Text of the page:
To contribute to the Buen Comienzo program in Medellín, visit their philanthropic arm, The Ximena Rico Llano Foundation.

Collage 1: 1080 children from the Buen Comienzo program added their fingerprints to the art piece.

Collage 2 (left to right): 1) Buen Comienzo participant and aspiring artist Juan David. 2) Mr. Gil and kids at work on the art piece. 3) Over 1000 fingerprints went into creating the final art piece for the project. 4) Buen Comienzo’s Regional Director Adriana María González Cuervo. 5) The final art piece. 6) Volunteers of the Faces of Diversity Medellín project and some Buen Comienzo program kids (left to right): Brian Cockman, Edwin Gil, Elianne Ramos, Charlene Valdez.

DISCLAIMER: Elianne Ramos is the Social/Cultural Advisor for Faces of Diversity.


Follow Elianne Ramos on Twitter: www.twitter.com/@ergeekgoddess



A city marked by its innovation and solutions to urban problems. An integrated public transportation system complete with cable cars and a metro. A citywide bicycle program. An outdoor escalator that shuttles citizens from steep mountainside homes to jobs and schools in the valley below. A library system with ground-breaking educational programs for children and adults. Community centers built in poor neighborhoods to promote social capital. Government programs to help mothers provide for the emotional and physical needs of their children.


I’m not describing a fictional city or utopia. I’m talking about the City of eternal spring otherwise known as Medellin, Colombia. In recent years, the city has undergone a wonderful transformation and welcomes visitors from around the world with open arms. Named the Most Innovative City in the World by Citi and the Urban Land Institute in 2013 – beating out New York and Tel Aviv – Medellin’s rebirth pales in comparison to the one thing that keeps me coming back again and again – its people!


The people of Medellin, or Paisas as they are affectionately called, have welcomed me into their hearts and homes since my first visit back in 2009. Through my relationship with programs like SosPaisa – the external relations initiative created by the Office of the Mayor of Medellin – I’ve been introduced to Paisas from all walks of life, occupations, socioeconomic classes and backgrounds. The one commonality they all share, however, is their positive outlook on life. Perhaps this quality is what helped Colombia earn the title of Happiest Country in the World in a 2012 WIN/ Gallup International Association survey. In Medellin, I’ve seen firsthand how being content, working hard, and supporting your friends and family translates to a fulfilling life.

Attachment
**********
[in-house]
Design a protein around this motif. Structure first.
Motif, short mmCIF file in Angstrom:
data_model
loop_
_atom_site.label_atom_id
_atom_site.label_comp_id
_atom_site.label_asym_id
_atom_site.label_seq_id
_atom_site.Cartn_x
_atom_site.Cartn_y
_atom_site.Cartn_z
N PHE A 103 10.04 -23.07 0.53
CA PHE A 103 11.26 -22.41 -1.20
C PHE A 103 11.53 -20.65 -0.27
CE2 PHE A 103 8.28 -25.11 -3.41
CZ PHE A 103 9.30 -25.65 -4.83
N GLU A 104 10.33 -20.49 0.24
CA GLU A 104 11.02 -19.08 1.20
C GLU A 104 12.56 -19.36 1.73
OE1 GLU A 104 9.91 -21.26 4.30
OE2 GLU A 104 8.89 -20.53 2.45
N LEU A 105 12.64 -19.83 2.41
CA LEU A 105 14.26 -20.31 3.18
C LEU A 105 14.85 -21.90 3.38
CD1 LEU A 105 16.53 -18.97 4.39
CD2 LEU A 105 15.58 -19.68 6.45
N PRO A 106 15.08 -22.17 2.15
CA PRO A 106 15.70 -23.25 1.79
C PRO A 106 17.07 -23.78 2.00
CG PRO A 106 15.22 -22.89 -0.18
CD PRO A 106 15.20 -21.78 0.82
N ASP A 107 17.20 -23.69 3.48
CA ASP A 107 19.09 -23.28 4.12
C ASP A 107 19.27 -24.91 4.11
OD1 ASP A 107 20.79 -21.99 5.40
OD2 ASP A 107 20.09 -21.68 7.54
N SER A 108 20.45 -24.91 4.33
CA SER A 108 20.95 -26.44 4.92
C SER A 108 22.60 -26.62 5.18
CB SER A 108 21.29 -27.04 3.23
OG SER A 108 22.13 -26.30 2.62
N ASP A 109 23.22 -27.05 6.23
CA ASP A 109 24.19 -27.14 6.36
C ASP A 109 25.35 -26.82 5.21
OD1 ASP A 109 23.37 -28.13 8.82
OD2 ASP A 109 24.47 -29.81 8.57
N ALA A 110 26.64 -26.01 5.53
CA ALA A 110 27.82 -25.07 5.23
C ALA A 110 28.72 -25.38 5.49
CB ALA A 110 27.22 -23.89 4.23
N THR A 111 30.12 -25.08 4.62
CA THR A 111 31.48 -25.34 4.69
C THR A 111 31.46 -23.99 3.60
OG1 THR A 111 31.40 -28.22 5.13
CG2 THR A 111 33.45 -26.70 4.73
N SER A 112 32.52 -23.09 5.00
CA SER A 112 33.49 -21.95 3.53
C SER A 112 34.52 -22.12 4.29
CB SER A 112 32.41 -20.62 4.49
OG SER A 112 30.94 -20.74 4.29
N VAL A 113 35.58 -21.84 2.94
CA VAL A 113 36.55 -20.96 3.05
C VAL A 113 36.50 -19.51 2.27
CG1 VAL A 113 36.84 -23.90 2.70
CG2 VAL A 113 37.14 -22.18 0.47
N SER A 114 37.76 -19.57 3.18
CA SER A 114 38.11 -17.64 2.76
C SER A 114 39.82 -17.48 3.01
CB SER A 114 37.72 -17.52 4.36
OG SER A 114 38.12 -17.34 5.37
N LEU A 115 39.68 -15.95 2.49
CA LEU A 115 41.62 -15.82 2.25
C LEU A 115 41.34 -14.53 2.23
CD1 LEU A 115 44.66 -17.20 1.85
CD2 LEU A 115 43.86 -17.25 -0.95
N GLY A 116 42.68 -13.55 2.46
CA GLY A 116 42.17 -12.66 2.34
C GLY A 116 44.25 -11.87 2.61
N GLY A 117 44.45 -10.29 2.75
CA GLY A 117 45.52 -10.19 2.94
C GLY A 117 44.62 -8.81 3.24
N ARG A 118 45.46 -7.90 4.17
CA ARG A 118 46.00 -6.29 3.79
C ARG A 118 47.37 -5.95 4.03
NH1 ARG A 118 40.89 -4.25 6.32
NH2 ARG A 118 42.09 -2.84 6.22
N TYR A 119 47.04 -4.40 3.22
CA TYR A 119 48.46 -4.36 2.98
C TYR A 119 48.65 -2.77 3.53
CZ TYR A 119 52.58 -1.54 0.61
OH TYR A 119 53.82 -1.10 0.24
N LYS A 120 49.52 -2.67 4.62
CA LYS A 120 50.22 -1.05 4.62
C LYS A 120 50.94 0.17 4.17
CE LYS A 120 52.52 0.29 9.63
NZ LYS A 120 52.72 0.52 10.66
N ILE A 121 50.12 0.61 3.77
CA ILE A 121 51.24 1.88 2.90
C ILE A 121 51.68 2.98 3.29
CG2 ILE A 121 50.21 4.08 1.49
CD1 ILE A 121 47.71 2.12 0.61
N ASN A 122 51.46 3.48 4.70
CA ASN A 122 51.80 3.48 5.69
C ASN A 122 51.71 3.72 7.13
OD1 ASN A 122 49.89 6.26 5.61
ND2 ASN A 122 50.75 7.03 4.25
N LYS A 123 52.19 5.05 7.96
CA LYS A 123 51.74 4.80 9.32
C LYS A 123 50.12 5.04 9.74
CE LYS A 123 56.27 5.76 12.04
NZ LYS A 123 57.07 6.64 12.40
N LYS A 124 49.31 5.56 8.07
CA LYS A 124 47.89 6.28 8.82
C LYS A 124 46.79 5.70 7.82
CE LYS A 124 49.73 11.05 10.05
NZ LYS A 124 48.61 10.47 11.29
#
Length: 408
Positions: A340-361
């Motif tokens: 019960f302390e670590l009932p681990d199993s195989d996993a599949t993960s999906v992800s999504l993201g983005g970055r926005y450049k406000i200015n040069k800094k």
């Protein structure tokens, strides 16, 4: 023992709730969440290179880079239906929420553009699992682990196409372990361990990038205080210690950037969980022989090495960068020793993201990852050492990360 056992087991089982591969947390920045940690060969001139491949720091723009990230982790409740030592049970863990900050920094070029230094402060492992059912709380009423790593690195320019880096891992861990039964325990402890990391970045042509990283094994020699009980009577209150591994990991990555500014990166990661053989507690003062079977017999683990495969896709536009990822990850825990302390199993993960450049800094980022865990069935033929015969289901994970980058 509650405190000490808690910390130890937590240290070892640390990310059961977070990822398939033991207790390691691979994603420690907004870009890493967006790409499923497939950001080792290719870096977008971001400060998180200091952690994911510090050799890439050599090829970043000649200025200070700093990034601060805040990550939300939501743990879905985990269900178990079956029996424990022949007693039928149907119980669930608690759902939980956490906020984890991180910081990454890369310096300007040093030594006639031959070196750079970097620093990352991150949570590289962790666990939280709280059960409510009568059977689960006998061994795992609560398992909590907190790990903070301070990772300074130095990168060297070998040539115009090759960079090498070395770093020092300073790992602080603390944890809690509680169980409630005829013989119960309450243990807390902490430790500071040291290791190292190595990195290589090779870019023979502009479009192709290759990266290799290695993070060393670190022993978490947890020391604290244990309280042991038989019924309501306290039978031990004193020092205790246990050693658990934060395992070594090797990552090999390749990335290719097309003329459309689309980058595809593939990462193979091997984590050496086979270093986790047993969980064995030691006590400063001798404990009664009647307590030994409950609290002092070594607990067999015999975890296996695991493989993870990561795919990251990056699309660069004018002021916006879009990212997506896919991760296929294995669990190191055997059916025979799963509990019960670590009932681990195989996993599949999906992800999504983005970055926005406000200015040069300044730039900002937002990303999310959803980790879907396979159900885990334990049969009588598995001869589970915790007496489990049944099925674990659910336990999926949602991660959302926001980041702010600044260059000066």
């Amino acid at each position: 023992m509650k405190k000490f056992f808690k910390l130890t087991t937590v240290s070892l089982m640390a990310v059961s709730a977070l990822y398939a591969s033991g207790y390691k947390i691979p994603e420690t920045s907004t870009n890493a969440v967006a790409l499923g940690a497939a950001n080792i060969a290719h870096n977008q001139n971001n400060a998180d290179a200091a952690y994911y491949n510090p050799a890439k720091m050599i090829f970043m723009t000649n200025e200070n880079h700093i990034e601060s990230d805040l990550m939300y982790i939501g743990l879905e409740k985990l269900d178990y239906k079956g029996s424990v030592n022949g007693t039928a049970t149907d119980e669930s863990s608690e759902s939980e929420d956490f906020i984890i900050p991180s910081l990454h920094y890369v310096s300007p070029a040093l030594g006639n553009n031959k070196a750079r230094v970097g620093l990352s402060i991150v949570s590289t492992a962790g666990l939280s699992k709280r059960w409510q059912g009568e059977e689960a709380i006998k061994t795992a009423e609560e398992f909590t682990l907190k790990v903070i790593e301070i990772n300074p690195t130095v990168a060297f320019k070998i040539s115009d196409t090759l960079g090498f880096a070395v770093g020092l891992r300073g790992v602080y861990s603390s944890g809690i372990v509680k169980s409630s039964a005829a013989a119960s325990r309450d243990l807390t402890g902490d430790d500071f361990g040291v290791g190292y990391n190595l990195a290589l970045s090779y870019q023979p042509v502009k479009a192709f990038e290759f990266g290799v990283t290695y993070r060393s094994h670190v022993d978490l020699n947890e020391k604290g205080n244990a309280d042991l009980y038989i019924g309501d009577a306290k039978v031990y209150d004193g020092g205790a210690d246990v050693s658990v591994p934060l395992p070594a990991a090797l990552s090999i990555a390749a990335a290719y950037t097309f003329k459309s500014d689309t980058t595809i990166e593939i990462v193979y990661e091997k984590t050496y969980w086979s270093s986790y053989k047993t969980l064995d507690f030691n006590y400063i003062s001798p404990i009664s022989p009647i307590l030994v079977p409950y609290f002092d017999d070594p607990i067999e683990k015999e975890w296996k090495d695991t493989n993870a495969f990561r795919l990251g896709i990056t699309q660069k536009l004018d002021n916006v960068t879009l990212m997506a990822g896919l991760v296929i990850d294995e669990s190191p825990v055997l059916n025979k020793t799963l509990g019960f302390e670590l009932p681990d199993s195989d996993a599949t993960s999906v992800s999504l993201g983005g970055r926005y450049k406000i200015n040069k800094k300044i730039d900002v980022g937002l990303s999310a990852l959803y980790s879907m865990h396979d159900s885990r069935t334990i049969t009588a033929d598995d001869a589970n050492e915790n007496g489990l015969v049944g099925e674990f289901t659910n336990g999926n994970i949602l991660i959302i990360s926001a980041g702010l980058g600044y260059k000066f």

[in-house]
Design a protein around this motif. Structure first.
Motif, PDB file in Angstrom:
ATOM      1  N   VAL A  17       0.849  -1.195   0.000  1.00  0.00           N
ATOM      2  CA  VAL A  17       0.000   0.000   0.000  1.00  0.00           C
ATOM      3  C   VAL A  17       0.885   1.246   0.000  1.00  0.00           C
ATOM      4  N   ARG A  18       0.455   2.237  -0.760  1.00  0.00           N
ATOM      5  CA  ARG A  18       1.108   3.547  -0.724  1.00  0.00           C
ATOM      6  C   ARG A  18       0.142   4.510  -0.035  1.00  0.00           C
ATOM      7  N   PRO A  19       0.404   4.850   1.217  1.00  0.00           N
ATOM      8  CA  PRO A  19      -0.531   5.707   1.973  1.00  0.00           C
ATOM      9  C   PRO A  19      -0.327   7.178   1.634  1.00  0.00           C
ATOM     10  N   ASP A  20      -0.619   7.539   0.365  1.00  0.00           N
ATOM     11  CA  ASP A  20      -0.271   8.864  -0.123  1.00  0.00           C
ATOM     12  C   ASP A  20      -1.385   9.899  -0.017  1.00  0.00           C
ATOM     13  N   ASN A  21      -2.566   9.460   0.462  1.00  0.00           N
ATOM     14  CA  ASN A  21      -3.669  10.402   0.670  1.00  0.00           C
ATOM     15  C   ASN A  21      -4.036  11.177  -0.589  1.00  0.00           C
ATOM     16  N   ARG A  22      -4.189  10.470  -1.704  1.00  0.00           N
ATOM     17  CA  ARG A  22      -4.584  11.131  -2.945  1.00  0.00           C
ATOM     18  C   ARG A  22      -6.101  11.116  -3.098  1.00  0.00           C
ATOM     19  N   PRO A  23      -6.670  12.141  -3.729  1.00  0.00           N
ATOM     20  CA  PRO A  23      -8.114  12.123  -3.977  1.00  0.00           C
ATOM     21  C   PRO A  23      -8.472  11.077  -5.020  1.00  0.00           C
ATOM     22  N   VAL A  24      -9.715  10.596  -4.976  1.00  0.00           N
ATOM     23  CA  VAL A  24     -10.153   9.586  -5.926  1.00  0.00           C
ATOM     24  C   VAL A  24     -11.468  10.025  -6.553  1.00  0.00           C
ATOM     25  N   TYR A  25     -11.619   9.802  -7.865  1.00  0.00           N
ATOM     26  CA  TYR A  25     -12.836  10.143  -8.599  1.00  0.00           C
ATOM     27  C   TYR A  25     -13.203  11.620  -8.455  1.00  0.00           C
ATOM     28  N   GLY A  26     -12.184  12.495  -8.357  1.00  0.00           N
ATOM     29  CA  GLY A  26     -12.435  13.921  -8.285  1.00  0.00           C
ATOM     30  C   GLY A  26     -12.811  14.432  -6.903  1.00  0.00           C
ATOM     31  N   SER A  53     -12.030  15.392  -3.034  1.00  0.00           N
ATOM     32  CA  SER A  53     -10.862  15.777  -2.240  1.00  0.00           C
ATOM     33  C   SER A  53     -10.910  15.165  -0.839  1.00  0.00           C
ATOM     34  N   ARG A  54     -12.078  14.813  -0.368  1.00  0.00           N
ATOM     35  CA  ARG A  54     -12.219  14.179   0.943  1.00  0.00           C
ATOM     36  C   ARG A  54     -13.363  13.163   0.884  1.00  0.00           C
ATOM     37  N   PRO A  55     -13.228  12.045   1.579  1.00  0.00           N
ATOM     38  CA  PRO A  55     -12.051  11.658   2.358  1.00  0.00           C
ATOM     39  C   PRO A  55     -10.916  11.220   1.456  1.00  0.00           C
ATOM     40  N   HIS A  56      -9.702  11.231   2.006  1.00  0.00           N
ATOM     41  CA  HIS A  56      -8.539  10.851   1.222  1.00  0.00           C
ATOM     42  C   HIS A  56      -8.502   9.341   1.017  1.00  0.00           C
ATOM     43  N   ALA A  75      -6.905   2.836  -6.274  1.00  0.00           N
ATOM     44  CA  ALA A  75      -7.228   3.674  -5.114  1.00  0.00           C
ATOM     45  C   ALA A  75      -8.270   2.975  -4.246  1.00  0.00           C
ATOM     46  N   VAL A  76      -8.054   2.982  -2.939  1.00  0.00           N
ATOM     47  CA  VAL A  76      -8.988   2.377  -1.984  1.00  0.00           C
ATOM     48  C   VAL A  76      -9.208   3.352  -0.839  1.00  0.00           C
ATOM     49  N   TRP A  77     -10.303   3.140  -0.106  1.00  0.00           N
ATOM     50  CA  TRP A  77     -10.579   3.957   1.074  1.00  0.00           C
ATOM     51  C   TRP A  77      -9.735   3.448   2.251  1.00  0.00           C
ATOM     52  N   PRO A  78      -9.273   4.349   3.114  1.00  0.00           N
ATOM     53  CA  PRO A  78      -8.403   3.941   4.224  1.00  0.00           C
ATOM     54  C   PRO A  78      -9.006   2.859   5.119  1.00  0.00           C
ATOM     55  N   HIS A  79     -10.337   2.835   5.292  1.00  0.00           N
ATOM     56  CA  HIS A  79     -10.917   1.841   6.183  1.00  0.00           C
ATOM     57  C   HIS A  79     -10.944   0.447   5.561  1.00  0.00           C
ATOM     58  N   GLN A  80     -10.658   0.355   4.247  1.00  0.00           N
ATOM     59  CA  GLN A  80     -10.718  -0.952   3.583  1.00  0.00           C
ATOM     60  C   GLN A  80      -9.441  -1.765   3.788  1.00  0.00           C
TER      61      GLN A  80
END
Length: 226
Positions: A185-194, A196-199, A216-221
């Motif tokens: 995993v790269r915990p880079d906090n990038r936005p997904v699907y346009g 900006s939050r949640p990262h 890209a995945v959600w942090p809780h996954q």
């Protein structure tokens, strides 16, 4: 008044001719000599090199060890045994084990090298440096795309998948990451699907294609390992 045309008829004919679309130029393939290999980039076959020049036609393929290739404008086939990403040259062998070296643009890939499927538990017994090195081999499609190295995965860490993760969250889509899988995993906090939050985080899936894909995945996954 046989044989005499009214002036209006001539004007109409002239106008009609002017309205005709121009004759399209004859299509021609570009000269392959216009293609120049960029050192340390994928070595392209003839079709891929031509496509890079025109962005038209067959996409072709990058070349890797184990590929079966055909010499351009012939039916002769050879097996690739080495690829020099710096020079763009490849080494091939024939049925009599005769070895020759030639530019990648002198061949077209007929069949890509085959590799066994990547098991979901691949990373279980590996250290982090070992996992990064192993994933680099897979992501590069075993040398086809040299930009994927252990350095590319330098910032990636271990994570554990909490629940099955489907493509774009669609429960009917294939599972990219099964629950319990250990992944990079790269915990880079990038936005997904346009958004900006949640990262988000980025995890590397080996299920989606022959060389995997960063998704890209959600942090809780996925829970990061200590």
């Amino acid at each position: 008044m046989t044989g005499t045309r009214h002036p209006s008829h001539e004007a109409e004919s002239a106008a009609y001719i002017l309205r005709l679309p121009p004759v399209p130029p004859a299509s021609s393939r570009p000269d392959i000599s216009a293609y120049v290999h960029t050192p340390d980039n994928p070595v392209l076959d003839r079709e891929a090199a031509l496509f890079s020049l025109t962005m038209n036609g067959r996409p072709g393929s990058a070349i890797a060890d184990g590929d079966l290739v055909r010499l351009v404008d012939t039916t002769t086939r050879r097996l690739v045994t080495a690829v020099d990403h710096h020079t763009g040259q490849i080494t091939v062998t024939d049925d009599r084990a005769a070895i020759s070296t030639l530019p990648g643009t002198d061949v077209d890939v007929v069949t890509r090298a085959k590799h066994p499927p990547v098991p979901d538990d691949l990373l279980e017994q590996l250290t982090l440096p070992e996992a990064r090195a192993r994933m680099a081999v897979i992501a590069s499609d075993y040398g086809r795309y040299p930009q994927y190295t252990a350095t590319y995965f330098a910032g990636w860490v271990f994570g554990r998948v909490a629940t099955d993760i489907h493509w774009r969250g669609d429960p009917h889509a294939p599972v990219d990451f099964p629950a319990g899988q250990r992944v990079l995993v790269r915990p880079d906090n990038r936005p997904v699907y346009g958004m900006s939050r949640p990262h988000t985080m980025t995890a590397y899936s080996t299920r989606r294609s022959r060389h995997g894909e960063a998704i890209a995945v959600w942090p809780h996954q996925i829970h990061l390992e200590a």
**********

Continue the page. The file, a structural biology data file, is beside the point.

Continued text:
In fact, this month I’m traveling with a team of volunteers to participate in Medellin’s strong sense of community. Working alongside corporate sponsors from Charlotte, AirTight and Toolwell, my company Rooster Communications will help bring Edwin Gil’s Faces of Diversity program to the families and children of Buen Comienzo. Faces of Diversity is an interactive art program that breaks stereotypes through art and dialogue, while Buen Comienzo assists families and their children from birth to five years.


Edwin is a native of Medellin and is responsible for igniting my love of the city and its people. This past May we were fortunate to get a tour of several Buen Comienzo pre-schools where children’s imaginations and minds were being stimulated by a dedicated staff of teachers. What’s more, it was finally clear to me why Medellin has undergone such a transformation. Programs like Buen Comienzo are hard at work instilling love, respect, and knowledge in the children. In doing so, they are creating future leaders who will carry the torch of innovation to communities across the world.


This is the first of a three part series from Rooster Communications president, Brian Cockman, who serves as Faces of Diversity project team leader. He can be reached at brian@roostercomm.biz.



JULY 7, 2013
Brian Cockman 877-210-3737, ext. 1 brian@roostercomm.biz

International Public-Private Partnership To Bring “Faces of Diversity” To Medellin Artist Edwin Gil Returns Home On Philanthropic Mission With Group of Volunteers